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Aimed squarely at the militaria collector and military historian, especially those with a particular interest in the many Commando units that operated within the former South African Defence Force, this latest publication by Marc Norman is set to become the standard reference on this too long neglected subject. A comprehensive and detailed investigation of the insignia that the Commandos as a whole, and each individual unit, used throughout their existence, the book is a treasure trove of information whose value cannot be overstated.

Beginning with a lengthy list of the contents, which includes a list of unit name changes, the first part of the book is a summary of the Commandos formation and employment, with subsequent sections covering everything from Cap and Collar Badges, to The Commando Stable Belt, Regimental Colours and Corps Flag and even Blazer Badges. Each section contains extensive and easy to understand notes by the author, as well as, in some cases, original SADF and Commando letters and documents relevant to the subject under discussion, as well as some excellent colour examples of each, making the whole much easier to understand, even without any prior knowledge of the subject.

From here, the book moves to the main part, which is an attempt to cover each and every unit individually, be they large and well-known like 11 Commando, based in Kimberely, or tiny and relatively unknown, like Okahandja Commando, in the former South West Africa (now Namibia). Again, the coverage given by the author to each unit is dependent on the available resources he has uncovered, which include many obtained from the SANDF Documentation Centre, among others. Each Commando's notes begin with a summary, showing when they were created, their SADF Unit Number, and name changes that occurred after their formation, the primary language used within that Commando, what type they were (urban or rural), their location, who they reported to, their magisterial district of responsibility and finally their motto. This summary alone is a valuable resource for any researcher covering a specific district's operations. To give just two examples of one unit richly covered and another sparsely so, Oribi Commando, created in 1979, has three pages of notes and illustrations, including colour illustrations and photographs of a variety of their insignia, both shoulder and cap, as well as copies of official letters and documents relating to the latter.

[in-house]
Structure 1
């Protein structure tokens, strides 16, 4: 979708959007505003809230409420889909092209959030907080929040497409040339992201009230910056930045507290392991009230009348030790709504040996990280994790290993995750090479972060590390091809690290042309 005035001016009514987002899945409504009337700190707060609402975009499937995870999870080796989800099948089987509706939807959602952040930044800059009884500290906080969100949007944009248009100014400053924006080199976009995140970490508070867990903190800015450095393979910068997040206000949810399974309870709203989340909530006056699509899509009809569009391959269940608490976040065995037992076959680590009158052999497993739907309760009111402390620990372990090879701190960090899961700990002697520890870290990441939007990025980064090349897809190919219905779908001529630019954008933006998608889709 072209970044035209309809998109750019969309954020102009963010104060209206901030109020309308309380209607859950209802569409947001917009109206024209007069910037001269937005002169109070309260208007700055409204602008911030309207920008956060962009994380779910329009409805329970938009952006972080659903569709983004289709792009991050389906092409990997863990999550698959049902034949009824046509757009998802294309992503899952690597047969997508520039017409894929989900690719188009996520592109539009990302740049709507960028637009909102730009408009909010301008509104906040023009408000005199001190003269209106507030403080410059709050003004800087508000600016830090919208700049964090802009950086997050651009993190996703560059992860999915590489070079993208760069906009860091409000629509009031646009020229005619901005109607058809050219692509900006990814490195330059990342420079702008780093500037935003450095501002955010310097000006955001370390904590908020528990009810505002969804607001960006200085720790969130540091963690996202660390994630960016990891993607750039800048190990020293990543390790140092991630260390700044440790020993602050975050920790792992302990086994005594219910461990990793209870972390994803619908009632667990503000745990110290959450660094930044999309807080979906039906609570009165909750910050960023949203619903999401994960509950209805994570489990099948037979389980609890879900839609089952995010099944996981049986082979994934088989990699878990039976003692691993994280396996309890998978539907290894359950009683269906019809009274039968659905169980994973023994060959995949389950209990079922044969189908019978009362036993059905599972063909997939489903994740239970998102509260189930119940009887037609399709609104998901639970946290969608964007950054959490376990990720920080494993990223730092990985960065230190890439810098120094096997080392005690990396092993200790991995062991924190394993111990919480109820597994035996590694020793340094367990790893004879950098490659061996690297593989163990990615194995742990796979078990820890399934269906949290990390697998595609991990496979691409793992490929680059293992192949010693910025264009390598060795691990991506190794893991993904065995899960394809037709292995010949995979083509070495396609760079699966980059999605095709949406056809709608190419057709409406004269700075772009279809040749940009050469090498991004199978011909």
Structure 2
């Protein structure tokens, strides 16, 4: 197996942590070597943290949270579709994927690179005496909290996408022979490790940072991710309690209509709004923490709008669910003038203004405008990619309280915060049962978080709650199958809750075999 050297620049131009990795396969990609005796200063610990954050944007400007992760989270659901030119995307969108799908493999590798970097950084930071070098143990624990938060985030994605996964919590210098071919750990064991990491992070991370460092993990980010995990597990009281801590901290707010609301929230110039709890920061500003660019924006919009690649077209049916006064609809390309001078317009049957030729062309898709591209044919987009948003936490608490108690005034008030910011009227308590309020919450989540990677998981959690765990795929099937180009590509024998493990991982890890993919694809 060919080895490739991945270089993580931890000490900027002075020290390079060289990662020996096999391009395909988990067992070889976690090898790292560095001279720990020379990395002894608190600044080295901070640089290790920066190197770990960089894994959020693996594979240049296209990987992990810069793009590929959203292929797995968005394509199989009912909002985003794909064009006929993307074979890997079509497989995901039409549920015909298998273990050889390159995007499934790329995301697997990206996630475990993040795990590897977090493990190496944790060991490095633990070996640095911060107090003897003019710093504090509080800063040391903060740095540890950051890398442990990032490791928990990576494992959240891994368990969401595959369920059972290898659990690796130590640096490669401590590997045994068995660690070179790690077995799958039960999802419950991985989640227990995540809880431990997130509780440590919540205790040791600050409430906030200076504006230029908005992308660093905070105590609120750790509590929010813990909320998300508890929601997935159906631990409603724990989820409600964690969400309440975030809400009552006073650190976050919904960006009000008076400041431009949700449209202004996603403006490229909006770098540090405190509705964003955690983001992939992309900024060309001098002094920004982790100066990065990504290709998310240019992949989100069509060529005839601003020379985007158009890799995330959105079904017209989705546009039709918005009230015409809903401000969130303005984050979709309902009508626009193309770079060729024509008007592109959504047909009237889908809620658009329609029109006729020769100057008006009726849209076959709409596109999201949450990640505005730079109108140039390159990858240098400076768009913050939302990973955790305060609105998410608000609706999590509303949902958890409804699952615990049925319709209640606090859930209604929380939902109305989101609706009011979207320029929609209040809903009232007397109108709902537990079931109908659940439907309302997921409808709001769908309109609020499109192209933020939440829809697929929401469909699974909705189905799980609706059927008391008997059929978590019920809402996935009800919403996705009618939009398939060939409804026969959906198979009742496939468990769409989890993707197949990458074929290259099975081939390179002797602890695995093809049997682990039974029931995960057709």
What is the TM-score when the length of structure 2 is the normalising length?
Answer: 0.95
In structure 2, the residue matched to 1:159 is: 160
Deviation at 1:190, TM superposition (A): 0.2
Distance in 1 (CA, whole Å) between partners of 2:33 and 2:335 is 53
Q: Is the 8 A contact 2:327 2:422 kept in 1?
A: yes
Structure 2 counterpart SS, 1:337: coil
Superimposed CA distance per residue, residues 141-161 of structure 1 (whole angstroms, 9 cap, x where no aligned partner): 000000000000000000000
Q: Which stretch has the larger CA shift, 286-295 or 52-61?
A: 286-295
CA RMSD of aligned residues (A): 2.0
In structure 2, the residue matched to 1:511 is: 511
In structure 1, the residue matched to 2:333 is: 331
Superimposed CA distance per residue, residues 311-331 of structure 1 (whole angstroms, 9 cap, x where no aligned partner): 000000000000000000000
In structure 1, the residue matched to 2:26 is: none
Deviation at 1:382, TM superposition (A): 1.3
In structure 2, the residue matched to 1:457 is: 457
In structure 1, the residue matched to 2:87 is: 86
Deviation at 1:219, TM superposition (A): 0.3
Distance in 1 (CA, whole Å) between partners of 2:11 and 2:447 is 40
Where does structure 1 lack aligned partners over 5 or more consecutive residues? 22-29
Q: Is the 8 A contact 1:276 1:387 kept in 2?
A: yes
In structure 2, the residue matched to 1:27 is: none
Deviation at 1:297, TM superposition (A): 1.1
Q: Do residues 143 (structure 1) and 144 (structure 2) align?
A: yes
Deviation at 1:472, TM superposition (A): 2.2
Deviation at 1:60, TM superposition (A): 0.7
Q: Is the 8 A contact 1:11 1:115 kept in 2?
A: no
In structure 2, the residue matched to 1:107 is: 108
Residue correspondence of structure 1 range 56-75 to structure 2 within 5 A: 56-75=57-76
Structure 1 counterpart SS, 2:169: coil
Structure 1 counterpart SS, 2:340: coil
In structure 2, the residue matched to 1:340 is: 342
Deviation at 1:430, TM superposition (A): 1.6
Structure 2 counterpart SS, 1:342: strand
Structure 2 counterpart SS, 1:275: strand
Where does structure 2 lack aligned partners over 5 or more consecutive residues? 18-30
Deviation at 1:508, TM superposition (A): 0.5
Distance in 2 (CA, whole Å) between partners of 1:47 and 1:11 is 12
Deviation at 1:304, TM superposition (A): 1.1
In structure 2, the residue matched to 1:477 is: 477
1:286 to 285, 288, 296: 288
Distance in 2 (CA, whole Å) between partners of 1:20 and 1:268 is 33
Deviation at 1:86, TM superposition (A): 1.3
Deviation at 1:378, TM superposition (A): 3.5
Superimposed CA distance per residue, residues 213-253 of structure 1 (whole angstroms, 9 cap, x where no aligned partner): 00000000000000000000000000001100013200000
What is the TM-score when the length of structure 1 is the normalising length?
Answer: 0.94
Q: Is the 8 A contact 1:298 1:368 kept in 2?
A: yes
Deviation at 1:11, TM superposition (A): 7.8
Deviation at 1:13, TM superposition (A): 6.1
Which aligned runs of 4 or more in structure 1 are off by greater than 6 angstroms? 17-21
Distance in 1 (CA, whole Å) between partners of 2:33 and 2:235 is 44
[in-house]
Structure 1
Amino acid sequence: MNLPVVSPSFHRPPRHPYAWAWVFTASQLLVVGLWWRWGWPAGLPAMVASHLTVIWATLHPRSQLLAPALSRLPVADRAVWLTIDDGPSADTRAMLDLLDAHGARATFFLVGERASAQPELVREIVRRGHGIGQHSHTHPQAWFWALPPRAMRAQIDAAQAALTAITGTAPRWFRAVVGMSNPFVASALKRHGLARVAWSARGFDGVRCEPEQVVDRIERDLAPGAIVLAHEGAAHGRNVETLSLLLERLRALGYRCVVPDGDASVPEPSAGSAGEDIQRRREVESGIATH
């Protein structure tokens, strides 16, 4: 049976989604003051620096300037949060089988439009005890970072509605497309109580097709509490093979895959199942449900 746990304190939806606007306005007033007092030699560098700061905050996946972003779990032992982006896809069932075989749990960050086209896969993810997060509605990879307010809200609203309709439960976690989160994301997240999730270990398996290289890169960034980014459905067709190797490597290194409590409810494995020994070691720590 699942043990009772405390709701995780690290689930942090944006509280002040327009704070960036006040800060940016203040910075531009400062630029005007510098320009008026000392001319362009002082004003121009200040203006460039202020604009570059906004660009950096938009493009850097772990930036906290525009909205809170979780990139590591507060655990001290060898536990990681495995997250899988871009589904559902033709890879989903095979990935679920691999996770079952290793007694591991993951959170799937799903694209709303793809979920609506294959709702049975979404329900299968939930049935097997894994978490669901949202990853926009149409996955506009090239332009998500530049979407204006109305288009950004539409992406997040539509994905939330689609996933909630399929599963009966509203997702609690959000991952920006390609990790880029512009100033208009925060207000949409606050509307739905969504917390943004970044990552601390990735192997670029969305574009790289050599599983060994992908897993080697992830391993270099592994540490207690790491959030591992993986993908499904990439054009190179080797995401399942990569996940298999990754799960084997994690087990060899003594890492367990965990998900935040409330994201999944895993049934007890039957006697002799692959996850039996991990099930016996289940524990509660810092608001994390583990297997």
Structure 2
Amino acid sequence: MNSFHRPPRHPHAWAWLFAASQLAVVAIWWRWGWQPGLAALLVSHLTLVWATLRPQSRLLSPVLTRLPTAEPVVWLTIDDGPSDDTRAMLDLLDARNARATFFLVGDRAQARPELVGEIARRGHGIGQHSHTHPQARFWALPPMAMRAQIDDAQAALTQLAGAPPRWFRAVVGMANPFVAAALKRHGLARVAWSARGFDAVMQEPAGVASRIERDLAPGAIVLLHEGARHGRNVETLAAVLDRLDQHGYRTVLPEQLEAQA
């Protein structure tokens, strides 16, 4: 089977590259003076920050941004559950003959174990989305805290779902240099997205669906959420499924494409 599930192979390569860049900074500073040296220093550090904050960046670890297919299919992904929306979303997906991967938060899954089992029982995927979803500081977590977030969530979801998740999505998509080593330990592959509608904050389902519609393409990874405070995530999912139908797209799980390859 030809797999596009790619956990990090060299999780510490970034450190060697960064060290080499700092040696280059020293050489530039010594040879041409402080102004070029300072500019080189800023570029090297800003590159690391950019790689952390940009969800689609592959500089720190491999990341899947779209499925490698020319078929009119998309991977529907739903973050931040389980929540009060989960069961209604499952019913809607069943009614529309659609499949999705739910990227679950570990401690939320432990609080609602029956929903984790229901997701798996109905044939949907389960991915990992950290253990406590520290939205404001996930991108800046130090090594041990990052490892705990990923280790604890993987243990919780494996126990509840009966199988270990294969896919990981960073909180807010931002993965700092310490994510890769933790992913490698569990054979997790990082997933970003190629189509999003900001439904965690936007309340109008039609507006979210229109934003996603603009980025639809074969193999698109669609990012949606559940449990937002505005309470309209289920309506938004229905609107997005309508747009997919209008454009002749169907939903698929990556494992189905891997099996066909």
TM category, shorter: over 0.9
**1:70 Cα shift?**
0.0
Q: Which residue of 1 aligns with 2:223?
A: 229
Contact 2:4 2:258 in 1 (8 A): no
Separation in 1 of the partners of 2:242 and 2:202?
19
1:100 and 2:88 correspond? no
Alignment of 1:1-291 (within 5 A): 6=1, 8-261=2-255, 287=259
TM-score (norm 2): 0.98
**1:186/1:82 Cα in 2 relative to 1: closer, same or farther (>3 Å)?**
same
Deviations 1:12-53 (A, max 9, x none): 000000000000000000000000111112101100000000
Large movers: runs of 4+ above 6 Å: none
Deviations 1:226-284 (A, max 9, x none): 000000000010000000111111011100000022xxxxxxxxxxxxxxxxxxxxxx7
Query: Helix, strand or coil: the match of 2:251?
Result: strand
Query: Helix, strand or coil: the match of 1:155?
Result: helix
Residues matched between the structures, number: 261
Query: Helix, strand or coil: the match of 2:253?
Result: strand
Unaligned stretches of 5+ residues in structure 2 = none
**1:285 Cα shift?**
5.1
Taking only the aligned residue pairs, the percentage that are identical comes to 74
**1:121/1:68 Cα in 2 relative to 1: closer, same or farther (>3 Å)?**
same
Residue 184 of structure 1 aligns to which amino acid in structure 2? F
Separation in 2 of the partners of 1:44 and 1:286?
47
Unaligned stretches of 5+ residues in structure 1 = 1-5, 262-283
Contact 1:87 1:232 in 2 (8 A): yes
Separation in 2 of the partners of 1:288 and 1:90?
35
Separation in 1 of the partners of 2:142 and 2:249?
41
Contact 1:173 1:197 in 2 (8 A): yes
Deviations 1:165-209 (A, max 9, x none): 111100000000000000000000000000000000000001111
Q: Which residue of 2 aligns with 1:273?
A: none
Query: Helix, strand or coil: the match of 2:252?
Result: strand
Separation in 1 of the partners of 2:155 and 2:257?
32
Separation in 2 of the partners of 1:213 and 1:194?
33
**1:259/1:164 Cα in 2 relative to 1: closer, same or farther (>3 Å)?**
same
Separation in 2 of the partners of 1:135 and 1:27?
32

Each illustration is neatly captioned by the author, making it easier to follow the unit's progression as their insignia was adapted or changed over time. On the other side of the coin, we have the aforementioned Okahandja Commando which, although formed in 1967, has just a single image of their metal pocket flash, and the summary already mentioned, all of which takes up less than a quarter of one page. The author is at pains to point out that these discrepancies in coverage are due to a lack of available information rather than effort, and that is something this reviewer can well believe.

The book concludes with a comprehensive bibliography, listing for those interested in pursuing the subject further some valuable resources. An outstanding, well-researched and well written work, I cannot praise this reference book highly enough. It is an essential addition to the bookshelves of both academic institutions and individuals who have any history or interest in the Commandos. Very highly recommended.

Softcover, A4 size, 344 pages. First edition.


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